Back of the Book
Once feared as the capricious and terrifying Rudra, Shiva, the most ‘un-Brahmanic’ of gods, has traditionally been shunned by orthodox Vedic religion. Although the Shiva we recognize today retains much of his original contrarian nature, he is firmly ensconced in popular imagination as the awe-inspiring Mahadeva, supreme lord of the universe.
In a unique attempt to explore the varied planes of thought and belief that Shiva has represented over millennia, Nilima Chitgopeakar imaginatively recreates the defining movements of the great god’s lie through the yes of his most intimate mythological companions. Vishnu, Sati, Daksha, Parvati and Ganesha take turns to praise, criticize, explain, complain, sermonize and rationalize-and through the prism of what they choose to reveal of the Shiva they know, there emerges the vision of a god who assimilates in his person the most extreme contradictions. For Shiva is as reclusive as he is accessible, as loved as he is feared, and as fallible as he is divine.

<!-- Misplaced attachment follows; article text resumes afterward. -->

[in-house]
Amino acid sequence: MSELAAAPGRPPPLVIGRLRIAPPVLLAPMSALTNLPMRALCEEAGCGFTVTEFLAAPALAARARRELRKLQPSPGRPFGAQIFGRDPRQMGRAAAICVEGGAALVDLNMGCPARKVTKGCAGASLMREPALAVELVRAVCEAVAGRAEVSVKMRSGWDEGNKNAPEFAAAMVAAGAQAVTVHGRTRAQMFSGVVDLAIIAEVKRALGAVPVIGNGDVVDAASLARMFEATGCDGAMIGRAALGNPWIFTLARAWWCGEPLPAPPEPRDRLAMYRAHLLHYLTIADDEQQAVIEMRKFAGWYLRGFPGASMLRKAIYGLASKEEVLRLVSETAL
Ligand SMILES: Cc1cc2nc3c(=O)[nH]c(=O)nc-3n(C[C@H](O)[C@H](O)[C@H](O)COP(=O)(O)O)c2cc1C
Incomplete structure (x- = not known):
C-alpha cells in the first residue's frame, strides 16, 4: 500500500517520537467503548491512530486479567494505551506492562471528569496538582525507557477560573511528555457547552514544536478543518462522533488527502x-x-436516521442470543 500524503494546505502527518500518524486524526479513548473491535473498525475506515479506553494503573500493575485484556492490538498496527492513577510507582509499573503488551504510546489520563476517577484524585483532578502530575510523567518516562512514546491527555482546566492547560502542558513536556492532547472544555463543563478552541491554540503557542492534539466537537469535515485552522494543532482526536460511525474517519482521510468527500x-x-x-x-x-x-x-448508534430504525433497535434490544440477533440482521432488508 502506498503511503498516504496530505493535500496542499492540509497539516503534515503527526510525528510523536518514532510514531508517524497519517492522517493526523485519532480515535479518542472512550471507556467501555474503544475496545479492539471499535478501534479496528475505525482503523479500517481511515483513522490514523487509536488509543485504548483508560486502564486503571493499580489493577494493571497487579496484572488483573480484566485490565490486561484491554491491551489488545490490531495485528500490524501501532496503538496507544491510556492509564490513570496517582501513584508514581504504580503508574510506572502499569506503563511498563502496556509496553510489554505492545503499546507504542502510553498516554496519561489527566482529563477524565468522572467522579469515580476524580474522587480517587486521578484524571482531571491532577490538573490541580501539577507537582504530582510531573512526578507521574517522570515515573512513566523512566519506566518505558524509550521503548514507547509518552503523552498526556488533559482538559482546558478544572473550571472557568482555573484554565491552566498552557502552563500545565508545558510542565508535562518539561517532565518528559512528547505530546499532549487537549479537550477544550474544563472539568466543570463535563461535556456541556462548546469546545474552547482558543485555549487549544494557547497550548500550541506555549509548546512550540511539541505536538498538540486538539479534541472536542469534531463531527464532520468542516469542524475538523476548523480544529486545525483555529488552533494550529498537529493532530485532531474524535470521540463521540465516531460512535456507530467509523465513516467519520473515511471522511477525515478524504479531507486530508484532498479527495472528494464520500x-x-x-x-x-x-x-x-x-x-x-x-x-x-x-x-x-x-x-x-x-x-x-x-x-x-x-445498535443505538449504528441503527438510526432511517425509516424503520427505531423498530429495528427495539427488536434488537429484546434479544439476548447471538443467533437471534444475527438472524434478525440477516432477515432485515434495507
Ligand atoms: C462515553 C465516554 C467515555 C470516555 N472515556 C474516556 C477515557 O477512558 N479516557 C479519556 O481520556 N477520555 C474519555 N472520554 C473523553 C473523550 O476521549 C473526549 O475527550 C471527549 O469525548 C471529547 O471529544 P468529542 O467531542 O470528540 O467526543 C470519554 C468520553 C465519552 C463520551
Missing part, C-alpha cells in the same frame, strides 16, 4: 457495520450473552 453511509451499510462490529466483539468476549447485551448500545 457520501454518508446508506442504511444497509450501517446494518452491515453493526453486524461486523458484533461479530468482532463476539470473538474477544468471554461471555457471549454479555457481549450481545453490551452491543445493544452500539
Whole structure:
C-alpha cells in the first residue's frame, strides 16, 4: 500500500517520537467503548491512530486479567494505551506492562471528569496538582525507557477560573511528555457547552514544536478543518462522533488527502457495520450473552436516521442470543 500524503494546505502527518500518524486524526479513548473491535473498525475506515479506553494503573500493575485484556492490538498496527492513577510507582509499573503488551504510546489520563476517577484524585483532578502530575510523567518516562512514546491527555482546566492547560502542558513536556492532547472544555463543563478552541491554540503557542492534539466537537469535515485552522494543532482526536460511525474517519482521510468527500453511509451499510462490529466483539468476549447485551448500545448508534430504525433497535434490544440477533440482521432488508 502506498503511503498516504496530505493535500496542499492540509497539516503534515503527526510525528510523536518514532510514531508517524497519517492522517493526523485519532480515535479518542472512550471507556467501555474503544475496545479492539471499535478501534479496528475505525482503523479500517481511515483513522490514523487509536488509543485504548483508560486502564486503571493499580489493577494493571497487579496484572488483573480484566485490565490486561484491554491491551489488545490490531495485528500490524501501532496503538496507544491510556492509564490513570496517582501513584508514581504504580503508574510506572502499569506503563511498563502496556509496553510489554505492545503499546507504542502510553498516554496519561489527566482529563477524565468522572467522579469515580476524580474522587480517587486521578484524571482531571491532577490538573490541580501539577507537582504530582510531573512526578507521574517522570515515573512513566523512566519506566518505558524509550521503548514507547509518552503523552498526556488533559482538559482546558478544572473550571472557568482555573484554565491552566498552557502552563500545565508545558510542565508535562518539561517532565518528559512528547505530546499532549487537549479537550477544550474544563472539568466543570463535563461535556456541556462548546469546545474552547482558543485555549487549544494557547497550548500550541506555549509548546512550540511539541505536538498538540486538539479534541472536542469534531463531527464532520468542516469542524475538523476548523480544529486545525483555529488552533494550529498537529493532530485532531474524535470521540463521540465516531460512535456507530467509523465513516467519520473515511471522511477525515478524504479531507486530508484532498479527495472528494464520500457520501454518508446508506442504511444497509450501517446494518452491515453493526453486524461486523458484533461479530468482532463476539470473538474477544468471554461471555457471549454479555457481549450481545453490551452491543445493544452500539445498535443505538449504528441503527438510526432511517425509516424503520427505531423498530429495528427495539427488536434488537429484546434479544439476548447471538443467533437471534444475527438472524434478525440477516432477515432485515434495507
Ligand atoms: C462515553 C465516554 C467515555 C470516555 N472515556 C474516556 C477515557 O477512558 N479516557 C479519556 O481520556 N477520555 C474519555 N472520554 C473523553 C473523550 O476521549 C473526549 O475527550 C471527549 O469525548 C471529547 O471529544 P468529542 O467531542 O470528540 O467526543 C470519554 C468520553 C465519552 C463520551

As the author traces the diverse threads of history, philosophy, anthropology and faith that have coalesced to create this intriguing deity, she uncovers the deeper truth about Shiva’s unmatched appeal-a credo of simple devotion to a unified godhead, one that reflects the eclecticism and humanity that form the very core of Hindu thought.
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